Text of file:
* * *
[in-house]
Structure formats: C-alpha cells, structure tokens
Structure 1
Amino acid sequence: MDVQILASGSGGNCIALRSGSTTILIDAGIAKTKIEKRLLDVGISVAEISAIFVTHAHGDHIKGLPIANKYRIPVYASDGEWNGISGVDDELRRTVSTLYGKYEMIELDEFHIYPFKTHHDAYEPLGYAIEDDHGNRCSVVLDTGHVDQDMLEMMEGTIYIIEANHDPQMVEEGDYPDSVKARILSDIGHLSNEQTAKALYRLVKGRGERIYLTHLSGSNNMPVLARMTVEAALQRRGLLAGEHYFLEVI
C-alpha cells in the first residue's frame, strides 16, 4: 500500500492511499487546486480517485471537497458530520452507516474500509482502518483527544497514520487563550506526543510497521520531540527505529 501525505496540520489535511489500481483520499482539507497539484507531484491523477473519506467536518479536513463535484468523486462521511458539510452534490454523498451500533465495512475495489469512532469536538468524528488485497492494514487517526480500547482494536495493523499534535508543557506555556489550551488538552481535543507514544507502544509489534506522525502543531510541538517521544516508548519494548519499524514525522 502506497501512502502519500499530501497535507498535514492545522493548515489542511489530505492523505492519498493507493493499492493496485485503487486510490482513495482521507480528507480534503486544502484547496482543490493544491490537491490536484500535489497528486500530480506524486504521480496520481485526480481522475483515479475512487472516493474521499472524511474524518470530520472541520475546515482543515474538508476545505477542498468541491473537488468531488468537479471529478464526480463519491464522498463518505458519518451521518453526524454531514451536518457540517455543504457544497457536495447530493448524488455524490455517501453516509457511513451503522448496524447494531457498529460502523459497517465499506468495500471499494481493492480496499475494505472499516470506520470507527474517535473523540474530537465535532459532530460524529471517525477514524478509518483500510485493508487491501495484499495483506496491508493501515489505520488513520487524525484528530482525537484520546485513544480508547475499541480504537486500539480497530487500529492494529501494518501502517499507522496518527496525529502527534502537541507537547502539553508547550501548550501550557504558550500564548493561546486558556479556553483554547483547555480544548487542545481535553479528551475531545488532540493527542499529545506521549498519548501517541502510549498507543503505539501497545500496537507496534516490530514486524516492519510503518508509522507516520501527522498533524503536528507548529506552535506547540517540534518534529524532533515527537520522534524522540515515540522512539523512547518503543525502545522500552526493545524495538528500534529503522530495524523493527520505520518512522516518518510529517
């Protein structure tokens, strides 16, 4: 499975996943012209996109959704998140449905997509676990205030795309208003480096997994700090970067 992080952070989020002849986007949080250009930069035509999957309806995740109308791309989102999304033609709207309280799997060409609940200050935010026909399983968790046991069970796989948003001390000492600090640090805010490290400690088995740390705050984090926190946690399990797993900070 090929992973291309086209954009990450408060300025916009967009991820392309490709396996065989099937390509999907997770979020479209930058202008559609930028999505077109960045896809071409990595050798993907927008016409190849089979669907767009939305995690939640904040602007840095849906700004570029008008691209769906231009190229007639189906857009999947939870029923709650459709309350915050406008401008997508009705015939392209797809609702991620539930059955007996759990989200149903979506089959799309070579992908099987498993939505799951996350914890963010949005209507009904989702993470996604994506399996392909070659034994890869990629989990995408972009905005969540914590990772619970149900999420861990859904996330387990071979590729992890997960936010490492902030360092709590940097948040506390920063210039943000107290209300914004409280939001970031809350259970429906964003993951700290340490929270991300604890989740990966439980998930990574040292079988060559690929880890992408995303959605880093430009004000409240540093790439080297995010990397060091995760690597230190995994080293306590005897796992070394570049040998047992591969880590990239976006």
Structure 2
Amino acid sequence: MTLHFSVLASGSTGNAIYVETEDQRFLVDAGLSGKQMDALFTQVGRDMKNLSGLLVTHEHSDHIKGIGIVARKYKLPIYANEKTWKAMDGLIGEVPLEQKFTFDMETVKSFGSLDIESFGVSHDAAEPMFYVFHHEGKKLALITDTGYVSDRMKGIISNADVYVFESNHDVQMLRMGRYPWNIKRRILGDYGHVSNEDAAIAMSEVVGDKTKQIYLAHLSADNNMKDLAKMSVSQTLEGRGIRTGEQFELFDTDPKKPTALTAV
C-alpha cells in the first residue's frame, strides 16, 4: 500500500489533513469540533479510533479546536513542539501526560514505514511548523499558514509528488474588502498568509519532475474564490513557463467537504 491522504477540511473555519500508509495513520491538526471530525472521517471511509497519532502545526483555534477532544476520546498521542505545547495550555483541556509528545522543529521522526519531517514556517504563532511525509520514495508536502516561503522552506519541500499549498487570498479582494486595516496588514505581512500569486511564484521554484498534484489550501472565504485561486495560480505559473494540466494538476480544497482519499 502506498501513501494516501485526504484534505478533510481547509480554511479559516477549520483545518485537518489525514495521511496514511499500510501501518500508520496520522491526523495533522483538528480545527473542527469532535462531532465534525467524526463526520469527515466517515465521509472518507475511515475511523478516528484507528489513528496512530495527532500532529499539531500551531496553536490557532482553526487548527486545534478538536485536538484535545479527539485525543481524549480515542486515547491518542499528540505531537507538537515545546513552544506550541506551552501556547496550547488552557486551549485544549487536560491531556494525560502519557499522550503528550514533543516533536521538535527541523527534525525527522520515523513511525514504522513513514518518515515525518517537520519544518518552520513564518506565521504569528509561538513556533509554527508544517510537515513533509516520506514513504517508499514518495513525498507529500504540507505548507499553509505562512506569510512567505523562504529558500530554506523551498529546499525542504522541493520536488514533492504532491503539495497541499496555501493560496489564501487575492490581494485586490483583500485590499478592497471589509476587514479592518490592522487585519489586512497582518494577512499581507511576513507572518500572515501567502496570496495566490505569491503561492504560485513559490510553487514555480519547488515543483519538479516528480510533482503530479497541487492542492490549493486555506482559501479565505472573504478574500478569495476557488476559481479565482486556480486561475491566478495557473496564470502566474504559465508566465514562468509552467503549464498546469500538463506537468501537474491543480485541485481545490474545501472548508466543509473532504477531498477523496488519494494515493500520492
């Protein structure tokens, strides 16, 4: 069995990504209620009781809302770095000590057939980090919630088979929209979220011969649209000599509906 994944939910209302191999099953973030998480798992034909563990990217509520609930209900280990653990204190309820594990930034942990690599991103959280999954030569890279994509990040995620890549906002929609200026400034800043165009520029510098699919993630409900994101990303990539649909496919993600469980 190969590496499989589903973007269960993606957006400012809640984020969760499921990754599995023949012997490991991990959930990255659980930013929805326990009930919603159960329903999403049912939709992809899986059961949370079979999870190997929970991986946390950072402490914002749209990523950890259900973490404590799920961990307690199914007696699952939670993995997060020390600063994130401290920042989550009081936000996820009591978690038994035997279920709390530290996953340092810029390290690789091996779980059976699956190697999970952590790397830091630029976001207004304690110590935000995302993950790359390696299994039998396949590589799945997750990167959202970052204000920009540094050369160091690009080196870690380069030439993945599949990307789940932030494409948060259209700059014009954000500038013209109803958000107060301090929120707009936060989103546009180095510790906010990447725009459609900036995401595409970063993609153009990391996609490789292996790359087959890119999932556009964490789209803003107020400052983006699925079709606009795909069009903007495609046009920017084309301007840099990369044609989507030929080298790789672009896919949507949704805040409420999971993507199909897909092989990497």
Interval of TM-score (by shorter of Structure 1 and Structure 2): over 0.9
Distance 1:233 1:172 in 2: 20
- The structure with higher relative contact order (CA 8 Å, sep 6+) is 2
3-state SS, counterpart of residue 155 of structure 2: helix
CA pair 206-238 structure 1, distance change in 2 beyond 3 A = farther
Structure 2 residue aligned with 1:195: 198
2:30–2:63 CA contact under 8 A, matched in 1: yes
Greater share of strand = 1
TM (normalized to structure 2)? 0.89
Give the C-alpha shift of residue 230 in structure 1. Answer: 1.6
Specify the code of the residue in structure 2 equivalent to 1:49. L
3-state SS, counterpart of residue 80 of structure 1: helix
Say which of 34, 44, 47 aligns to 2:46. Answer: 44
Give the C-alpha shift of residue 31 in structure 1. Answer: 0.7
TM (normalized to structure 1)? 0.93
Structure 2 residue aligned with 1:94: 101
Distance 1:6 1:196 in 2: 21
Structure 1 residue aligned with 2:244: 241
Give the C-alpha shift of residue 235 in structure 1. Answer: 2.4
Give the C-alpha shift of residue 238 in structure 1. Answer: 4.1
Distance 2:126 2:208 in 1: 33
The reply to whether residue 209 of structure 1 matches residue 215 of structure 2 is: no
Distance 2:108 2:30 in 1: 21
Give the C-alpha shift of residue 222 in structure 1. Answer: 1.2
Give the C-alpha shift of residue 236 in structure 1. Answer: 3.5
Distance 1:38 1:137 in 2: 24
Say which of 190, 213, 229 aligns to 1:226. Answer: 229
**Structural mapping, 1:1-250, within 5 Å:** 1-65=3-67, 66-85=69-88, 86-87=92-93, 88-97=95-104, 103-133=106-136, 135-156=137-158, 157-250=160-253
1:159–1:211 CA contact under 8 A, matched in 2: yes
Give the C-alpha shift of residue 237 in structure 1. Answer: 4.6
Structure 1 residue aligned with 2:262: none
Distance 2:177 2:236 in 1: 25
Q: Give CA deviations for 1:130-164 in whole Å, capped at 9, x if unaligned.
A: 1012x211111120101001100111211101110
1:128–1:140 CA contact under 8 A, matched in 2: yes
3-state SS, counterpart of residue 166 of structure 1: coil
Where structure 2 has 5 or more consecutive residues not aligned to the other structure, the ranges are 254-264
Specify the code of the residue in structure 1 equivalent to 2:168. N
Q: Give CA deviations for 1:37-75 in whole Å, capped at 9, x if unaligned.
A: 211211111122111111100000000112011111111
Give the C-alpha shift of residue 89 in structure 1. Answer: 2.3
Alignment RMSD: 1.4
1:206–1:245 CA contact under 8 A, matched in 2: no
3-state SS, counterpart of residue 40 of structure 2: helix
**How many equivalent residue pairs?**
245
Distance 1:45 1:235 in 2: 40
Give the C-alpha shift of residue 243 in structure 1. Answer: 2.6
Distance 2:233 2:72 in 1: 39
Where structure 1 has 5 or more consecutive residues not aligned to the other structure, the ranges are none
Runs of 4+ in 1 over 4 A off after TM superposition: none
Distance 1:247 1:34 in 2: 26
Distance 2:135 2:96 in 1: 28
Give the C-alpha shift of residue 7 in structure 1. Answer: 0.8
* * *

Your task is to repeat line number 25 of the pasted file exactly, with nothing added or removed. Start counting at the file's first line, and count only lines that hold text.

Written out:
TM (normalized to structure 1)? 0.93